Accused infringers, obviously take the other tack -- if they know they are going to be sued anyway, they will often bring a DJ (declaratory judgment) action in their own home district before they can get sued in a place the plaintiff has picked.
This conflict can often result in quite a battle, but in a recent district court decisions from the Northern District of California, the patentholder was able to successfully move the case out of the defendant's chosen forum by proving that there was simply no jurisdiction over them in that district.
In Smugmug, Inc. v. Virtual Photo Store LLC, 2009 WL 3833969 (N.D. Cal. Nov. 16, 2009), before Judge Wilkin, the plaintiff, a resident of the Northern District, brought a declaratory relief action with respect to the patent owned by the defendant (a resident of Chicago) for digital image management.
In response to the defendant's claim that there was, in fact, no jurisdiction over it in the Northern District, Smugmug claimed that there was general jurisdiction over Virtual Photo in California based on (1) Virtual Photo's solicitation of business in California through its website; and (2) because it was the alter ego of its law firm, which allegedly had contacts in California
Smugmug also claimed that there was specific jurisdiction over Virtual Photo because of its extensive patent licensing program in California -- 20 solicitations and 5 licenses, one of which required the licensee to pay ongoing royalties. Indeed, a substantial portion of the defendant's revenue was earned from these California licensees.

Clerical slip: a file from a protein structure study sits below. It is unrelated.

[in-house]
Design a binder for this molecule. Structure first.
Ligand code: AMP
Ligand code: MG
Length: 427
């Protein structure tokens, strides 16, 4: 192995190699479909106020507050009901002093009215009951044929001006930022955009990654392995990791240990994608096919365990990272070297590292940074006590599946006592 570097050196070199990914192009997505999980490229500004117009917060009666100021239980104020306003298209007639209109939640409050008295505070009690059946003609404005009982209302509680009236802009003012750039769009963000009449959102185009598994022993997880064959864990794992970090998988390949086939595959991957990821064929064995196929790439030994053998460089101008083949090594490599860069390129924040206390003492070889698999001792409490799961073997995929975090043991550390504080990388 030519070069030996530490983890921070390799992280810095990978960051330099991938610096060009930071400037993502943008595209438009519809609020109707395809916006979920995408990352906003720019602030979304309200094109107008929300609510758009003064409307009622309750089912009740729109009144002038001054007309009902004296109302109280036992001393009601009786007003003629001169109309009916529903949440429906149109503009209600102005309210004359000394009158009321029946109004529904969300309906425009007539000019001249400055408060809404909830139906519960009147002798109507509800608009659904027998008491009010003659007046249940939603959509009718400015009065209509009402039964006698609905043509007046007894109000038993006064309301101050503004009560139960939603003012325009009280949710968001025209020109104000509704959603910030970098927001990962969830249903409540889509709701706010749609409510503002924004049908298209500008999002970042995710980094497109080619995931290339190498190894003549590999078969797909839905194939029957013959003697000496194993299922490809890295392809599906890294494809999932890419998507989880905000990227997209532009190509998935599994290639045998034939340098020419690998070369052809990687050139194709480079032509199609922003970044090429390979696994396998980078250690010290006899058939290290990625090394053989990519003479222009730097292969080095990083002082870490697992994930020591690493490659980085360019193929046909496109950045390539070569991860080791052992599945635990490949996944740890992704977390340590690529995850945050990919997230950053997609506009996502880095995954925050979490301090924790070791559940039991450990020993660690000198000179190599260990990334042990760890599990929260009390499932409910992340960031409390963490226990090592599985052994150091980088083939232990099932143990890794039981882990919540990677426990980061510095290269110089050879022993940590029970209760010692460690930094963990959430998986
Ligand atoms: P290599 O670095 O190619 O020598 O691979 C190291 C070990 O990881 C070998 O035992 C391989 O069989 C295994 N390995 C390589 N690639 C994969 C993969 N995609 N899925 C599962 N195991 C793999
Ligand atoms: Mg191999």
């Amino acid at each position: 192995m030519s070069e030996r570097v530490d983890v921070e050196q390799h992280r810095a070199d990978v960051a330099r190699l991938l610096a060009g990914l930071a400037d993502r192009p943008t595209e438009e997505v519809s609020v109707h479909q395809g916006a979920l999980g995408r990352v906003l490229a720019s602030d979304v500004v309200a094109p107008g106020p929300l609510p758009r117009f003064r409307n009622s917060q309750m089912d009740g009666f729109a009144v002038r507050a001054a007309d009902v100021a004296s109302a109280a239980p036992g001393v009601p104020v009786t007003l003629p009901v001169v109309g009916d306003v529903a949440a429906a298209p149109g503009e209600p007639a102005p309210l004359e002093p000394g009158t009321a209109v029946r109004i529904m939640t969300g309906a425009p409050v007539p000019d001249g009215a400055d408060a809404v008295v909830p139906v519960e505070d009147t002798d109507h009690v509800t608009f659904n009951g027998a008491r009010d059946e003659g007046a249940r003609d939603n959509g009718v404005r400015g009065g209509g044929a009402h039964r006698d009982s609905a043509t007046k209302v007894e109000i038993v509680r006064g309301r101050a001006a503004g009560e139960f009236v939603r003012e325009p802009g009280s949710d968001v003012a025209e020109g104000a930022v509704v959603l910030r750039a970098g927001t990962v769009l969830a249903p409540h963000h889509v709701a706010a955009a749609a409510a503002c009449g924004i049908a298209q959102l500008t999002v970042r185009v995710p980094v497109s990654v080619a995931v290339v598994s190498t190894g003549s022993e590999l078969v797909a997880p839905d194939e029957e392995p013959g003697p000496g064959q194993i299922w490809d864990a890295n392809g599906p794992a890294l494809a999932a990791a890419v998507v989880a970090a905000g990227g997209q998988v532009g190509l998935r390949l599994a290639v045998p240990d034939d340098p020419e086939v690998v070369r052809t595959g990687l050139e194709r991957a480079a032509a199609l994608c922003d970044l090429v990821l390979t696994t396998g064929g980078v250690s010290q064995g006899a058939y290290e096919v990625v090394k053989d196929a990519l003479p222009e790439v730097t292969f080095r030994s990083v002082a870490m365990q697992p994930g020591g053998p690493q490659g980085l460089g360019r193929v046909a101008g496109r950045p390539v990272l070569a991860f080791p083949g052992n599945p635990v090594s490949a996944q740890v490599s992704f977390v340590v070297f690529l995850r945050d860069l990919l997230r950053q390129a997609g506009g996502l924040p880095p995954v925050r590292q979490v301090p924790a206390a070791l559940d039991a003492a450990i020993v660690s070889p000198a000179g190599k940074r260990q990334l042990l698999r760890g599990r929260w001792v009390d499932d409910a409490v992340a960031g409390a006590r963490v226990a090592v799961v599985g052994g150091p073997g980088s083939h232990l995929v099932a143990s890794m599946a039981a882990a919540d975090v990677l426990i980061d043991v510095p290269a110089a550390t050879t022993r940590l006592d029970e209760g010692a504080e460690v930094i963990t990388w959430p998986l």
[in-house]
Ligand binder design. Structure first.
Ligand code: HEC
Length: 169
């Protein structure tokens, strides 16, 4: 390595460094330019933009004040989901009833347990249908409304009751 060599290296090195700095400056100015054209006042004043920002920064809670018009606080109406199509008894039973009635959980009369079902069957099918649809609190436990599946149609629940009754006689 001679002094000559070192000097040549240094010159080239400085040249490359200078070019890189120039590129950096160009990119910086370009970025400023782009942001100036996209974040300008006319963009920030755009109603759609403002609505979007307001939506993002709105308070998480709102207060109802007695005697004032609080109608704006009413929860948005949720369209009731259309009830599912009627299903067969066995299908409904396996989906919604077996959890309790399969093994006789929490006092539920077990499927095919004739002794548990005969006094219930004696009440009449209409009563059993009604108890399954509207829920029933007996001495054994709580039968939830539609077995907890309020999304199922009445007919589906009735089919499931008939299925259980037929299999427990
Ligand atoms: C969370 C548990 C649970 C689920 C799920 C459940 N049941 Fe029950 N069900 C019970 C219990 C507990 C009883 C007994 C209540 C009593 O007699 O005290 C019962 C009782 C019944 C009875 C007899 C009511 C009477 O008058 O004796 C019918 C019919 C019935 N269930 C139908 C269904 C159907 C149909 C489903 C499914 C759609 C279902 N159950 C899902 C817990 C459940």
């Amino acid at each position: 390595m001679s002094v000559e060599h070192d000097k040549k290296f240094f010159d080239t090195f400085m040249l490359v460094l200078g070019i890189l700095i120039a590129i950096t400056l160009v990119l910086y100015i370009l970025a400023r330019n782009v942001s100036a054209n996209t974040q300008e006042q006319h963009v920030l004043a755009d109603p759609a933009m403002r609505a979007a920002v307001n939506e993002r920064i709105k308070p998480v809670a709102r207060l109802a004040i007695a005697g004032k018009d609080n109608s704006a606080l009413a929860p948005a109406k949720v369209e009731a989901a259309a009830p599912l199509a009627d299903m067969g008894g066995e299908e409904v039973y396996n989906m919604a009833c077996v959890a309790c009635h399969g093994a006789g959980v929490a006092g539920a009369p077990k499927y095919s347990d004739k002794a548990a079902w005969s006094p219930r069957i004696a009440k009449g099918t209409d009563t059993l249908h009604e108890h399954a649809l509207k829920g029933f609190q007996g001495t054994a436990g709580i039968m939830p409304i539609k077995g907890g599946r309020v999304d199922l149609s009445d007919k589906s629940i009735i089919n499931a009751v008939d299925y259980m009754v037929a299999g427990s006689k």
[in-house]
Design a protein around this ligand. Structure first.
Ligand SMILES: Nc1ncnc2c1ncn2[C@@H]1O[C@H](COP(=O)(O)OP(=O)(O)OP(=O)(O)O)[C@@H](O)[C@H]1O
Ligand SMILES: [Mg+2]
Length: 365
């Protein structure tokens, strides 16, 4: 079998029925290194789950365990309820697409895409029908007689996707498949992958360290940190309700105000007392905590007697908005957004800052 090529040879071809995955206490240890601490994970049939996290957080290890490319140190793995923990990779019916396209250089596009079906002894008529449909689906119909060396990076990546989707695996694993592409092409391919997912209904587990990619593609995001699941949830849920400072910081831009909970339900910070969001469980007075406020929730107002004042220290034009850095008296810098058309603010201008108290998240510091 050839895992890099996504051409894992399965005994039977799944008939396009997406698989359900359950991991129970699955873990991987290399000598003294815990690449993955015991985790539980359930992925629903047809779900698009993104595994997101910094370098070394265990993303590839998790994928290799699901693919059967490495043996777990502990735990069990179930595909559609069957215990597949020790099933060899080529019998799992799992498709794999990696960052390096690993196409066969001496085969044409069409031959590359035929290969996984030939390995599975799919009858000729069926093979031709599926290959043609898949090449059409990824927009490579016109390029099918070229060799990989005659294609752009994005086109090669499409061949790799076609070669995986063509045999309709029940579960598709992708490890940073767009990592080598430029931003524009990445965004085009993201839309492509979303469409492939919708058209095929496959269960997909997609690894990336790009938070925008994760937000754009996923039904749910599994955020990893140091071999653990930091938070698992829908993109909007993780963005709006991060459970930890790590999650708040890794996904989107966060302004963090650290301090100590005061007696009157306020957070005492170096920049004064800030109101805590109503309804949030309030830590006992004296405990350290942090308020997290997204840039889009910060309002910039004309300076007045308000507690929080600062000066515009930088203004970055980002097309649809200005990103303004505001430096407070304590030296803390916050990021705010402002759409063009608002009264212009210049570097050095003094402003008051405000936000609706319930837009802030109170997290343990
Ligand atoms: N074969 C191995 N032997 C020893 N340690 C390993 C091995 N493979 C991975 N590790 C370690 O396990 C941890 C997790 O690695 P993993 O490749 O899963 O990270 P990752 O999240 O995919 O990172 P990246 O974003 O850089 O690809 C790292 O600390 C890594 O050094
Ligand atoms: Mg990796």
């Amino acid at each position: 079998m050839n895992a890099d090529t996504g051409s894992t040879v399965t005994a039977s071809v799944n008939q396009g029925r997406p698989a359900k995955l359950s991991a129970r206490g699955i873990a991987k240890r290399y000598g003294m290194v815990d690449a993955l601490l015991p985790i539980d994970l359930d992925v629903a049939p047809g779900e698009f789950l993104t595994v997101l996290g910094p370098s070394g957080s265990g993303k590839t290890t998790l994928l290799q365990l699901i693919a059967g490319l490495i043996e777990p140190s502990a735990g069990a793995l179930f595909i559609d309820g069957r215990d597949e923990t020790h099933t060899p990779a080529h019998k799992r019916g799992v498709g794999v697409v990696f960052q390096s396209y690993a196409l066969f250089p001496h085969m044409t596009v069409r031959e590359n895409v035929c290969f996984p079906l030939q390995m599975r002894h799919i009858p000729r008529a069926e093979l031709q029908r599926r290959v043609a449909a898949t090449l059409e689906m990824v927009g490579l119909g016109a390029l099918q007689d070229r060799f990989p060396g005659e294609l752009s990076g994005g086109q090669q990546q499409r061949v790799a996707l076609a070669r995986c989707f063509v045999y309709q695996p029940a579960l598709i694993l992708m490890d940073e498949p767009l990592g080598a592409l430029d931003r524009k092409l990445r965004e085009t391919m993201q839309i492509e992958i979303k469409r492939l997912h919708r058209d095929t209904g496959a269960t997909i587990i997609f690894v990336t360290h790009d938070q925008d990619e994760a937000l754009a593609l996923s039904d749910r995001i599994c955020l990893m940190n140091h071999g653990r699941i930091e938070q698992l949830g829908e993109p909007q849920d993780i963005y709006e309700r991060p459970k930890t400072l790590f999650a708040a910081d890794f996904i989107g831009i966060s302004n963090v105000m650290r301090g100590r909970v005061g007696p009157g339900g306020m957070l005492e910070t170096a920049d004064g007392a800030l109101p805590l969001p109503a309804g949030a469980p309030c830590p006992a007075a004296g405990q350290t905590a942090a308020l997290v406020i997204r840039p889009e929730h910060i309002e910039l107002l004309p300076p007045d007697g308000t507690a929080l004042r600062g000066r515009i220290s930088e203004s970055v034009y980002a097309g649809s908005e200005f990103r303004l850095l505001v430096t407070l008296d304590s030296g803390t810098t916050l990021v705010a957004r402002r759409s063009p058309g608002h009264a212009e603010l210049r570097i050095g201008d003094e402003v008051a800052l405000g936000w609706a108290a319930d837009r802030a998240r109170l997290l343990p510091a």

The court rejected these arguments, even given the Federal Circuit's decision in Autogenomics, Inc. v. Oxford Gene Tech Ltd., 566 F.3d 1012 (Fed. Cir. 2009) that enforcement activities related to the patent could subject a patentholder to jurisdiction. The court noted that (1) cease and desist letters, by themselves, cannot subject a patentholder to specific jurisdiction; (2) the letters sent to prospective patent licensees were not even cease and desist letters but, rather, "invitations to license."
Surprisingly (at least to me) the court rejected the plaintiff's argument that the defendant's licenses with California companies and its earning of substantial revenue from these licenses on the very patent which was the subject of the lawsuit would not justify jurisdiction. As the court noted, such non-exclusive licenses constituted "commercialization" of the patents, rather than "enforcement activities," which, according to the court, were not sufficient under Autogenomics to justify jurisdiction.
So if you're a defendant who feels threatened by a patent plaintiff and you want to avoid being either home-towned on the other guy's turf or eating lunch at Porky's Smokehouse in Marshall, make sure you check out where you can actually get jurisdiction over your opponent.